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Insurer not required to pay lawyer who didn't disclose procedural error


A Fireman’s Fund Insurance Co. unit was justified in denying a $1.75 million legal malpractice award, because the policyholder had failed to inform it of the case when he applied for coverage, an appeals court says.

In July 2004, 15-year-old Sarah Gilbert underwent a spinal surgery that left her paralyzed, according to Tuesday’s ruling by the U.S. Court of Appeals for the District of Columbia, in Chicago Insurance Co. v. Paulson & Nace P.L.L.C. et. al.

In July 2006, Washington-based Paulson & Nace P.L.L.C. filed a medical malpractice complaint in state court in Virginia, four days before the statute of limitations expired on Ms. Gilbert’s claims.

The plaintiffs’ names on the complaint, though, were improperly worded, which led to the case’s dismissal. The court said in June 2007 it would dismiss the second complaint that was subsequently filed because the statute of limitations had expired. The law firm unsuccessfully appealed the trial court’s decision.

In July 2007, while the state court appeal was still pending, the law firm applied for a new legal malpractice insurance policy with Fireman’s Fund unit Chicago Insurance Co. The firm’s sole member at the time, Barry J. Nace, indicated on the application that there were no circumstances under which a claim could be made against his firm.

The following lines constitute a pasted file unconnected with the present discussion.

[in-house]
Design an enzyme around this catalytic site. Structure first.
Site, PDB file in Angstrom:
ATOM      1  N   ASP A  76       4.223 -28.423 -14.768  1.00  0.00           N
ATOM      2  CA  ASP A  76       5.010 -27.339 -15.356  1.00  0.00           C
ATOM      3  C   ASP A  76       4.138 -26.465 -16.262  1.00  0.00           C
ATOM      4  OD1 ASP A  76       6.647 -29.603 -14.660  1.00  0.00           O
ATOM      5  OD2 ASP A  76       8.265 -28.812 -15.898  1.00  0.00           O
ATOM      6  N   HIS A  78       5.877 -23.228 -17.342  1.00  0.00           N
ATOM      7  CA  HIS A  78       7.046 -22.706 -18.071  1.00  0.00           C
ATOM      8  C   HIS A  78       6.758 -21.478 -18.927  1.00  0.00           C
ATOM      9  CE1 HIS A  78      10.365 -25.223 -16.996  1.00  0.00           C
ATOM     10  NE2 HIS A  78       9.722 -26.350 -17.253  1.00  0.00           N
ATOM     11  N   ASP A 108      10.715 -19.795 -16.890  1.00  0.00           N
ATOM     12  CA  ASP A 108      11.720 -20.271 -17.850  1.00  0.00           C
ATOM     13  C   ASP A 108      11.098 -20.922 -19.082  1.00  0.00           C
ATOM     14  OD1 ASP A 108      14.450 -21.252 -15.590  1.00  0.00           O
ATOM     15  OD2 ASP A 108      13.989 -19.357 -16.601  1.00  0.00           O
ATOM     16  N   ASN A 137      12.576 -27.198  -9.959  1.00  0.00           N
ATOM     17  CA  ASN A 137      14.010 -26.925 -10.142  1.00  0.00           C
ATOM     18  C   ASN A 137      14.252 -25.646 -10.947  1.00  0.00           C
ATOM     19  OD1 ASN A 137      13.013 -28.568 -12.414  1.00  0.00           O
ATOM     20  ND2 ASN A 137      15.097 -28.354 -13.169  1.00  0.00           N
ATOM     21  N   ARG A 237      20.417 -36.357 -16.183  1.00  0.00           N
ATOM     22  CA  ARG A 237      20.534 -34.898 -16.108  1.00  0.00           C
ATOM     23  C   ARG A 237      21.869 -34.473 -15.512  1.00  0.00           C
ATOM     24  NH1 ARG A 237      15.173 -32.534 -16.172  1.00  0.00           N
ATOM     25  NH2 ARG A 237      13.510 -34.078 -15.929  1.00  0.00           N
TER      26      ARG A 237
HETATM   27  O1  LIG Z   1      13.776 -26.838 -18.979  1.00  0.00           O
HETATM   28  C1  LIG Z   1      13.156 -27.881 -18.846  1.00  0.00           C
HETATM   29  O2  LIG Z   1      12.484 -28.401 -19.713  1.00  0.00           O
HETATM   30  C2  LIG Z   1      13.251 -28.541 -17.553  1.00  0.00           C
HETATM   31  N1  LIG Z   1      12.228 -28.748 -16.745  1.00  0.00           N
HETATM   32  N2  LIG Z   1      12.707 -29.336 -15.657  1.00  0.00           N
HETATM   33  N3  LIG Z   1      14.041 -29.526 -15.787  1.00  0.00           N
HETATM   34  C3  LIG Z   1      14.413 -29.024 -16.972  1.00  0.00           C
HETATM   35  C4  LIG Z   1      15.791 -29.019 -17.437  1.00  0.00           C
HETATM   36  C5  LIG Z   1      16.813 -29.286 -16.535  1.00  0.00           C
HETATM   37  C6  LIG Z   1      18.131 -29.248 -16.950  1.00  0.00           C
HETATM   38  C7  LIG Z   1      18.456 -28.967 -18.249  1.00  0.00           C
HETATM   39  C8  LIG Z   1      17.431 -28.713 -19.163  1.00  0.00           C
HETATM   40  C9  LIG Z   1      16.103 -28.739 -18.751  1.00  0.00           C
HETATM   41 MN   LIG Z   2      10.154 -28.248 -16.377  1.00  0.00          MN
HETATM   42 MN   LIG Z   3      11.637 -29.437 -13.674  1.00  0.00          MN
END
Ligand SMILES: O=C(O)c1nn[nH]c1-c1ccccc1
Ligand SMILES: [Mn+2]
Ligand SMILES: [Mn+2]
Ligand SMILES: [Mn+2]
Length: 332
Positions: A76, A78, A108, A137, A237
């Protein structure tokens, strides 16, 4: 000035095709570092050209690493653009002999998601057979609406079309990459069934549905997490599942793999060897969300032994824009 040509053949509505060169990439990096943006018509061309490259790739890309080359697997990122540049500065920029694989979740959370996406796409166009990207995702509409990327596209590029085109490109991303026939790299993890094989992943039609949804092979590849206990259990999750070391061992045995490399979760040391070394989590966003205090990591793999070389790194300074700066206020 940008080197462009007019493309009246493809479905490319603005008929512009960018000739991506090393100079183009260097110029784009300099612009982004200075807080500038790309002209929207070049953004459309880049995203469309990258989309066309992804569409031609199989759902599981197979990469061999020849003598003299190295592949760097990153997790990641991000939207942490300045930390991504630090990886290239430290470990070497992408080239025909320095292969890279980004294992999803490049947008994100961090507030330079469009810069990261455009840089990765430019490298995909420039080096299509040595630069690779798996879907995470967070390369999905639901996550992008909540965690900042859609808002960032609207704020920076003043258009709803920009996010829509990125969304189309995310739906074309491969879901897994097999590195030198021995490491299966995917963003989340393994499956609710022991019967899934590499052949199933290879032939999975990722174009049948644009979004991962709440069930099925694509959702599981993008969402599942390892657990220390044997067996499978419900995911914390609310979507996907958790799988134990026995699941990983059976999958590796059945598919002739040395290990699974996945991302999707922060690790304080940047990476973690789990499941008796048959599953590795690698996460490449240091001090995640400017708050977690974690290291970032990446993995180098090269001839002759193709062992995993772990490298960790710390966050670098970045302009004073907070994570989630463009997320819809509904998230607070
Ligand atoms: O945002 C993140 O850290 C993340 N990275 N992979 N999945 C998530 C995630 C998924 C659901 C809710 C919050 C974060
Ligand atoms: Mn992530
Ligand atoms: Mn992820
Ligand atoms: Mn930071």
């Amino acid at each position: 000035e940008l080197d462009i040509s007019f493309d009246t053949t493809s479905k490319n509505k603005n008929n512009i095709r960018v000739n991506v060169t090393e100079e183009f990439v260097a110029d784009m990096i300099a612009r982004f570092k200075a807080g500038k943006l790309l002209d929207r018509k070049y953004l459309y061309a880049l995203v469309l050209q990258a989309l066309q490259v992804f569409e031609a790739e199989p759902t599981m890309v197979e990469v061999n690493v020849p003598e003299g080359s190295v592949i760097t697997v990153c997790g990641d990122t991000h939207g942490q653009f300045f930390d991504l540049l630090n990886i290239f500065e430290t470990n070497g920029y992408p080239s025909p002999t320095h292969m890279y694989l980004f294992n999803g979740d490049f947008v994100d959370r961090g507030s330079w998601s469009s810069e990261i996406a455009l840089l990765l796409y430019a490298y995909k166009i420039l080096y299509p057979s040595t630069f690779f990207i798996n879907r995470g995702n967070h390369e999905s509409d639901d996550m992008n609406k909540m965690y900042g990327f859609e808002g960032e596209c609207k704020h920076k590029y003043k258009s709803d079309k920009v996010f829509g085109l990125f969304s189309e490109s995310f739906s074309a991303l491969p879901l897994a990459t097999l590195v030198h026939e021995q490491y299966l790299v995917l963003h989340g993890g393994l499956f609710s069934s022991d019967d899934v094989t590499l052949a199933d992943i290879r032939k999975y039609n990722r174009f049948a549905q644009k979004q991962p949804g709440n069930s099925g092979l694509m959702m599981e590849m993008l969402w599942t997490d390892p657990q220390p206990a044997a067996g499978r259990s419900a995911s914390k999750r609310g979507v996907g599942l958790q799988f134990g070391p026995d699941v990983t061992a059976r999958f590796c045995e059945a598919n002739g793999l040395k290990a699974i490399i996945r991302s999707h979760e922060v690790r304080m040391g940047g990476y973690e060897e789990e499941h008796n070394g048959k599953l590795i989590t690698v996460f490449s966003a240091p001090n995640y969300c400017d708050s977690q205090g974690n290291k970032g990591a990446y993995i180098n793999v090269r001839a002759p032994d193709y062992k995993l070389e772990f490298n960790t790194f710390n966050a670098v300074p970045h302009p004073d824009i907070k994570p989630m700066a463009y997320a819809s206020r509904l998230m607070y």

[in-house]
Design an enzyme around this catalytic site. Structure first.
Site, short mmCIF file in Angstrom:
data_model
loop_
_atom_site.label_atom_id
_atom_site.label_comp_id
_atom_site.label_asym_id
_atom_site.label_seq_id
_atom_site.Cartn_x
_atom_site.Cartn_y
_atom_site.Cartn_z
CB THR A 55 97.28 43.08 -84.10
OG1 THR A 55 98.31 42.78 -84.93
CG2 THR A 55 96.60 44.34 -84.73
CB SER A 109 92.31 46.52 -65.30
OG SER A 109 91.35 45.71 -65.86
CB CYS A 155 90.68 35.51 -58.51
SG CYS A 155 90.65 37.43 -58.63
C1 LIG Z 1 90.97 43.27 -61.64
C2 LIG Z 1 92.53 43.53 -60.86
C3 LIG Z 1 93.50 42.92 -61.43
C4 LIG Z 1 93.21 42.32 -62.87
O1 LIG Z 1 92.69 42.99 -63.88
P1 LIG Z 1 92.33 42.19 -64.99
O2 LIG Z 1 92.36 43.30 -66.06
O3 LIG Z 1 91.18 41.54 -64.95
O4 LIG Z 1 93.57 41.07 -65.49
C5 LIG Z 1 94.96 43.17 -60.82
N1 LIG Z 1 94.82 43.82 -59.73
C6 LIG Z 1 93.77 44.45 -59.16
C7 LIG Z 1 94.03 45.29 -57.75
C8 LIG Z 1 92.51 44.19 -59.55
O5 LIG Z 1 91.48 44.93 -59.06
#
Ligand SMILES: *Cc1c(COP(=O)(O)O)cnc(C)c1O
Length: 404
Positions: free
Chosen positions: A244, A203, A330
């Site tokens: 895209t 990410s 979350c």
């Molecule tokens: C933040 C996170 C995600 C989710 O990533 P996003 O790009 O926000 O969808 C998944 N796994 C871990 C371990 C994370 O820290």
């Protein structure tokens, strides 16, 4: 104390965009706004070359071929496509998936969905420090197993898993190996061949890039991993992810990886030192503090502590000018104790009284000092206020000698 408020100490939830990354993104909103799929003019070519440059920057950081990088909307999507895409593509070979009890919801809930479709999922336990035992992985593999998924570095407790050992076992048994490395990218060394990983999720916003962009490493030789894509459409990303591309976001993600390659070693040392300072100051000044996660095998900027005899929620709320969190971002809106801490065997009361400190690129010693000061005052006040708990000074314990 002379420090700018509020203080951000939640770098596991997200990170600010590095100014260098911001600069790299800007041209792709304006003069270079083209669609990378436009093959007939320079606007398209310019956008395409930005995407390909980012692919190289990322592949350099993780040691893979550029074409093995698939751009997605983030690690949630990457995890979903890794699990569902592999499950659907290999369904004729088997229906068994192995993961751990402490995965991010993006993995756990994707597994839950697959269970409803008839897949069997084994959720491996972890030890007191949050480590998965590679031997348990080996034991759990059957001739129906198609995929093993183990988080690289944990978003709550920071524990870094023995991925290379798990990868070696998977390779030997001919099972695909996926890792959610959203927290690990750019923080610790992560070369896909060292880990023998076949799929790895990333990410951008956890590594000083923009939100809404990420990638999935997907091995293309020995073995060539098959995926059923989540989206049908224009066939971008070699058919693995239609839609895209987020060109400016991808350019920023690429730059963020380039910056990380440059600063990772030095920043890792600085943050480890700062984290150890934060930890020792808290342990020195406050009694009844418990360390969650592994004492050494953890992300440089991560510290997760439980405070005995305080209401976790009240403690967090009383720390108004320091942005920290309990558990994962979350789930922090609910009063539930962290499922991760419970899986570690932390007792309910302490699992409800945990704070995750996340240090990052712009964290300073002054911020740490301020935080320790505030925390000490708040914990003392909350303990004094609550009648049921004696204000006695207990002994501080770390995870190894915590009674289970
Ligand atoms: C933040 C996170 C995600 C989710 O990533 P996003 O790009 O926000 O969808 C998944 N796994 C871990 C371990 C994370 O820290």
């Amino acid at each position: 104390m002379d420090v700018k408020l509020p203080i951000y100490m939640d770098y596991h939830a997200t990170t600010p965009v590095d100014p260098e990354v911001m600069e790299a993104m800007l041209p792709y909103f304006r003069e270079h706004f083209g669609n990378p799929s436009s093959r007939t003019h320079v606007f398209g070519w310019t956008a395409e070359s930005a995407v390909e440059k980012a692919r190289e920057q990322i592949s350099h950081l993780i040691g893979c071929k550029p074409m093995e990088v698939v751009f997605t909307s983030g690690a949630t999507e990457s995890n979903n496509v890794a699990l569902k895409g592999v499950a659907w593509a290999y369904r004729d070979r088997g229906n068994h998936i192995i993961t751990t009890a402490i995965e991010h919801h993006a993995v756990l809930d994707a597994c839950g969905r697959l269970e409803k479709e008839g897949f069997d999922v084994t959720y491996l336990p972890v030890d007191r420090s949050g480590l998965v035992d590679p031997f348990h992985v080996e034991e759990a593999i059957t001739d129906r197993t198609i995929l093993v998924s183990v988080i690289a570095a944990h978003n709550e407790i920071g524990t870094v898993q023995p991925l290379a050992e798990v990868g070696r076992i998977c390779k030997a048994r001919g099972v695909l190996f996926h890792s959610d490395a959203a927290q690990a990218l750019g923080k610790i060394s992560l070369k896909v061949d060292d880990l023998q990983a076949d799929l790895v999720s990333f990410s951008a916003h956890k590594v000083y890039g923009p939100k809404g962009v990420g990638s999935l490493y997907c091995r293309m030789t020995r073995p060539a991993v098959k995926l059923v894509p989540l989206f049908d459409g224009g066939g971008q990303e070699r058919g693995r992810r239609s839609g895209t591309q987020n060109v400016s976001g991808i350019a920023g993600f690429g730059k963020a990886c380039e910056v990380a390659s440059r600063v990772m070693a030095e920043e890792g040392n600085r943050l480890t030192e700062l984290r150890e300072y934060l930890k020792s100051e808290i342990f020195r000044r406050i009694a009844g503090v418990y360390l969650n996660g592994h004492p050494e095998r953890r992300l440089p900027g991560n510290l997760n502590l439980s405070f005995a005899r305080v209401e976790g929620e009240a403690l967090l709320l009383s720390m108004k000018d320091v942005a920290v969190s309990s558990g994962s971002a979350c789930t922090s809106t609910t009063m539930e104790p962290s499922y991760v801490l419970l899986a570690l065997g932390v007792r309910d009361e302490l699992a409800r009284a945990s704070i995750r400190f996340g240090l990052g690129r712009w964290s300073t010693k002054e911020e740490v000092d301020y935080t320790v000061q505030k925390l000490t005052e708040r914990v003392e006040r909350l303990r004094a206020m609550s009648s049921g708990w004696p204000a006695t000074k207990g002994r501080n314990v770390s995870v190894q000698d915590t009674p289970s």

Chicago Insurance subsequently issued a claims-made liability insurance policy, which included a standard risk exclusion that said it would not provide coverage for any breach of professional duty committed prior to the policy’s issuance, according to the ruling.

Ms. Gilbert eventually filed a legal malpractice action against the law firm, and in 2013 a jury awarded her $1.75 million. Chicago Insurance filed an action seeking a declaration that the law firm should have known of the potential claim when it filed for coverage.

The U.S. District Court in Washington granted the insurer summary judgment, and a three-judge appeals court panel unanimously upheld the ruling.

“The principal question in this case is whether a reasonable attorney in Paulson & Nace’s position would have been on notice by July 2007 of a possible breach of professional duty or a potential malpractice claim such that there was an obligation to disclose the underlying incident to the insurer,” said the ruling.

“We agree with the District Court that no reasonable jury could have found against Chicago Insurance on this question,” said the ruling. “Under such circumstances — that is, where an attorney is aware that he committed a procedural error that resulted in an unfavorable outcome — there is no triable question with respect to a lawyer’s duty to inform his insurer of the potential claim.”

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